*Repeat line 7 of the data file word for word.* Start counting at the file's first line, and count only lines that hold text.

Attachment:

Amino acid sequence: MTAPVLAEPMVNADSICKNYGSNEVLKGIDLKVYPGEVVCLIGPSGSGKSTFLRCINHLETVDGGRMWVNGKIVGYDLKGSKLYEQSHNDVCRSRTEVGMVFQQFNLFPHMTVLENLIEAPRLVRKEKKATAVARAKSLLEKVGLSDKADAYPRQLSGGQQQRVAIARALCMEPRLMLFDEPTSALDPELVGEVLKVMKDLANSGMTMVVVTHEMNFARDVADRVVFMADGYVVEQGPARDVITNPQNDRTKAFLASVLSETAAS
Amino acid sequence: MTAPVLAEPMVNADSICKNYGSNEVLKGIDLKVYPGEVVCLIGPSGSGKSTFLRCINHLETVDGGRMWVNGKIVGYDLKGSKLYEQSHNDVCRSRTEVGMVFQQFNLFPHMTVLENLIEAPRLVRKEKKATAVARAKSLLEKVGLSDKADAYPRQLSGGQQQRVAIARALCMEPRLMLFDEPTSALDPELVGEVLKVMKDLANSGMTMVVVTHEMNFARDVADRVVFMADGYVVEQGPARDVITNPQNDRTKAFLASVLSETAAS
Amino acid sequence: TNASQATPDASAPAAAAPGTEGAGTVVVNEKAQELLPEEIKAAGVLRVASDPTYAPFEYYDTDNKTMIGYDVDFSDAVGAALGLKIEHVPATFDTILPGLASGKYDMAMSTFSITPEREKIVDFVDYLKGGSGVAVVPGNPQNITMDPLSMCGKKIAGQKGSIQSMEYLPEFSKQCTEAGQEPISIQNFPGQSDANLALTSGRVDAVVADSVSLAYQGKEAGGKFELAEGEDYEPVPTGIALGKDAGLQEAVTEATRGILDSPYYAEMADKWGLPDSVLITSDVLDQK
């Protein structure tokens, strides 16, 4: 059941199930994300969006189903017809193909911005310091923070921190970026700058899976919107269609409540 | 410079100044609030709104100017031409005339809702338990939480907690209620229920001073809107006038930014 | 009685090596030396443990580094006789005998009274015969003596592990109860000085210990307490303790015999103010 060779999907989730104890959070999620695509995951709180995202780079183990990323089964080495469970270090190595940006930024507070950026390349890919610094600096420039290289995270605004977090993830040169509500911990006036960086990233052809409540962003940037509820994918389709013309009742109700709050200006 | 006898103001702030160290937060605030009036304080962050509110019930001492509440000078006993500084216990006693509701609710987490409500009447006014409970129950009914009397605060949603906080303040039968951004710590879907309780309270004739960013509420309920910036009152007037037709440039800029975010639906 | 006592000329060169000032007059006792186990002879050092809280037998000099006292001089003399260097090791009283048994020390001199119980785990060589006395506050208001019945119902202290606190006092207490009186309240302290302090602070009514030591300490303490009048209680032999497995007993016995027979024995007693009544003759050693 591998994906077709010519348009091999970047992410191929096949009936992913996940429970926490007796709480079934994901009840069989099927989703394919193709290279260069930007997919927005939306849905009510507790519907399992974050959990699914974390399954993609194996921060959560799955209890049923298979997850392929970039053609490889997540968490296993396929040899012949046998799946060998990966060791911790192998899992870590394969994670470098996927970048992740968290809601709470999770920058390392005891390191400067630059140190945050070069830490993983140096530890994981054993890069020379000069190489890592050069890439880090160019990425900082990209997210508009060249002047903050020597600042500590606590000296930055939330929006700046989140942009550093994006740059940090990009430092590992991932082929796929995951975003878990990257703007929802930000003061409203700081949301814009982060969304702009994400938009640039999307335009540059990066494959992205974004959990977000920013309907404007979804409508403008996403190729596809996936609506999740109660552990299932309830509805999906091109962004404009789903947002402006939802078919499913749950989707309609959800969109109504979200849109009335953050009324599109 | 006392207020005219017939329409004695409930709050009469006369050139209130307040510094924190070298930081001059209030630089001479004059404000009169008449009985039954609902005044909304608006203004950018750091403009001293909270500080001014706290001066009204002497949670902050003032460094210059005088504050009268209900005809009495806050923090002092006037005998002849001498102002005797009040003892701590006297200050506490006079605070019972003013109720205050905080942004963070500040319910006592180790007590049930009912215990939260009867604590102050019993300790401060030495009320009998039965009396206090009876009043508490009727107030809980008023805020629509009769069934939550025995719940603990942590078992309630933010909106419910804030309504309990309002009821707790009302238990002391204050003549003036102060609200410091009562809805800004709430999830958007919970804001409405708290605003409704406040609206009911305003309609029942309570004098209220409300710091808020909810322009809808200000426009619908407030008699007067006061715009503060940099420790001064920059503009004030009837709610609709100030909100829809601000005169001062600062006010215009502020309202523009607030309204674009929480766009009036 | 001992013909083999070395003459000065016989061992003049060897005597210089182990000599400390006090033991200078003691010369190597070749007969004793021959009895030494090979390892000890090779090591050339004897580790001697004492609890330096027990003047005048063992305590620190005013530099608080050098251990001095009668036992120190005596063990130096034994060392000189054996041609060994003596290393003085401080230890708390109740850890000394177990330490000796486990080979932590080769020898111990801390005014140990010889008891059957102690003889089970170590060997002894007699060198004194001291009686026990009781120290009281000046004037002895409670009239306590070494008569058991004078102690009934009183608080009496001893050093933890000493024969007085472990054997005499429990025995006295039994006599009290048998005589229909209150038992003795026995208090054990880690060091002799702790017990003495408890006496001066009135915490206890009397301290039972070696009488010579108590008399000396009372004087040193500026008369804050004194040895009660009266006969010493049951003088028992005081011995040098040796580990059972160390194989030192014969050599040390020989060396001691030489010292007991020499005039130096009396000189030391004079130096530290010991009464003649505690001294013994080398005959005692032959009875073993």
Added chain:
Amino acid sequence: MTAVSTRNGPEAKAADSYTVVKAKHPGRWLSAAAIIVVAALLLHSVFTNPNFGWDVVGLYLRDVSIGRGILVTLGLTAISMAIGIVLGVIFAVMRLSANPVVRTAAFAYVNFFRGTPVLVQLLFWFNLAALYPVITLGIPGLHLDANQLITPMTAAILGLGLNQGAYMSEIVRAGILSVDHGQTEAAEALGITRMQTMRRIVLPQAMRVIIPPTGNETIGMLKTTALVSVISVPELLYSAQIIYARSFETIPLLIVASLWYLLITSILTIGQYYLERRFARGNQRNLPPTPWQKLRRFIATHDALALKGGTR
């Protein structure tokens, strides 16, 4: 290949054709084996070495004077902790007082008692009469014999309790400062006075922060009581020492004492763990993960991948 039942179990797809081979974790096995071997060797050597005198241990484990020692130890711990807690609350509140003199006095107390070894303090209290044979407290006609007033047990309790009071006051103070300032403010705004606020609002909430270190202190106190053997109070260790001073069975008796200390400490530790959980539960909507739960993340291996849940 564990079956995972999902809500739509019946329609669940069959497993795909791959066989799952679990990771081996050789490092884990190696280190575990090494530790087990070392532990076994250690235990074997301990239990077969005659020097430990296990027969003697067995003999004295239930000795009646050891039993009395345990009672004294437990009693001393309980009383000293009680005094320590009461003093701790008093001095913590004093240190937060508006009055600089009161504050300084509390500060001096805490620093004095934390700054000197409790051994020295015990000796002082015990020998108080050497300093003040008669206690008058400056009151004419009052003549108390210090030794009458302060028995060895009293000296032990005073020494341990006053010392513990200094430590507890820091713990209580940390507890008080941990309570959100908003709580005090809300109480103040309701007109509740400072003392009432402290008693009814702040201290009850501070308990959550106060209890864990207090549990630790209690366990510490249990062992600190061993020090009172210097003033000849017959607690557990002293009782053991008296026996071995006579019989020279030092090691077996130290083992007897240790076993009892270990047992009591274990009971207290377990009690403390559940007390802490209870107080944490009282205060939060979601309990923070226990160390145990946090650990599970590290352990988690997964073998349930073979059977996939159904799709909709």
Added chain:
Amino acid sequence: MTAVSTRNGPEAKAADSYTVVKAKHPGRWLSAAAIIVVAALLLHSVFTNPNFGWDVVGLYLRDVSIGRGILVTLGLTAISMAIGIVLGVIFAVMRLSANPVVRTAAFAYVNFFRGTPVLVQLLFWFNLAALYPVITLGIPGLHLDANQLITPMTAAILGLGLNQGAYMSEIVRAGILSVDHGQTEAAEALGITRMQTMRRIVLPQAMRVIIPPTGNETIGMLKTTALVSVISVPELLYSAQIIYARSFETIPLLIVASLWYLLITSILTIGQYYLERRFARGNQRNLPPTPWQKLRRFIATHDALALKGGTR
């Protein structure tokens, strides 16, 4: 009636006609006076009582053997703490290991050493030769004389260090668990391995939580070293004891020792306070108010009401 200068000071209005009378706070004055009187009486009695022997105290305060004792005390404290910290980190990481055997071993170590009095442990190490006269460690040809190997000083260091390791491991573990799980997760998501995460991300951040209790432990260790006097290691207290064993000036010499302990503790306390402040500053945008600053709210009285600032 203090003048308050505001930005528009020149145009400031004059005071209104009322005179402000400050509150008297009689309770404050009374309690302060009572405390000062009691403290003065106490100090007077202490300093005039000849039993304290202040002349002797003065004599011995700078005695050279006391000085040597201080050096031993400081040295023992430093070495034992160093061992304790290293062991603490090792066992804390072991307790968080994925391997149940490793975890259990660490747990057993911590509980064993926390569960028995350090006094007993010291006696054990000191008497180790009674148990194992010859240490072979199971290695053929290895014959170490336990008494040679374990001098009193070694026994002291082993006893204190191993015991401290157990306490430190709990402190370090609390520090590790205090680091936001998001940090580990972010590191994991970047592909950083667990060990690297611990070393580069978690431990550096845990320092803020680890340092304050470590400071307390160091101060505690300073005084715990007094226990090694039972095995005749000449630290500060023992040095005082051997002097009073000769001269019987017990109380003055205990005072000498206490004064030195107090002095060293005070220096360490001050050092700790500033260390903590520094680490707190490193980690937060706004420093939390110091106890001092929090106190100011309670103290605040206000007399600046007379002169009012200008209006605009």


């Protein structure tokens, strides 16, 4: 290949054709084996070495004077902790007082008692009469014999309790400062006075922060009581020492004492763990993960991948 039942179990797809081979974790096995071997060797050597005198241990484990020692130890711990807690609350509140003199006095107390070894303090209290044979407290006609007033047990309790009071006051103070300032403010705004606020609002909430270190202190106190053997109070260790001073069975008796200390400490530790959980539960909507739960993340291996849940 564990079956995972999902809500739509019946329609669940069959497993795909791959066989799952679990990771081996050789490092884990190696280190575990090494530790087990070392532990076994250690235990074997301990239990077969005659020097430990296990027969003697067995003999004295239930000795009646050891039993009395345990009672004294437990009693001393309980009383000293009680005094320590009461003093701790008093001095913590004093240190937060508006009055600089009161504050300084509390500060001096805490620093004095934390700054000197409790051994020295015990000796002082015990020998108080050497300093003040008669206690008058400056009151004419009052003549108390210090030794009458302060028995060895009293000296032990005073020494341990006053010392513990200094430590507890820091713990209580940390507890008080941990309570959100908003709580005090809300109480103040309701007109509740400072003392009432402290008693009814702040201290009850501070308990959550106060209890864990207090549990630790209690366990510490249990062992600190061993020090009172210097003033000849017959607690557990002293009782053991008296026996071995006579019989020279030092090691077996130290083992007897240790076993009892270990047992009591274990009971207290377990009690403390559940007390802490209870107080944490009282205060939060979601309990923070226990160390145990946090650990599970590290352990988690997964073998349930073979059977996939159904799709909709």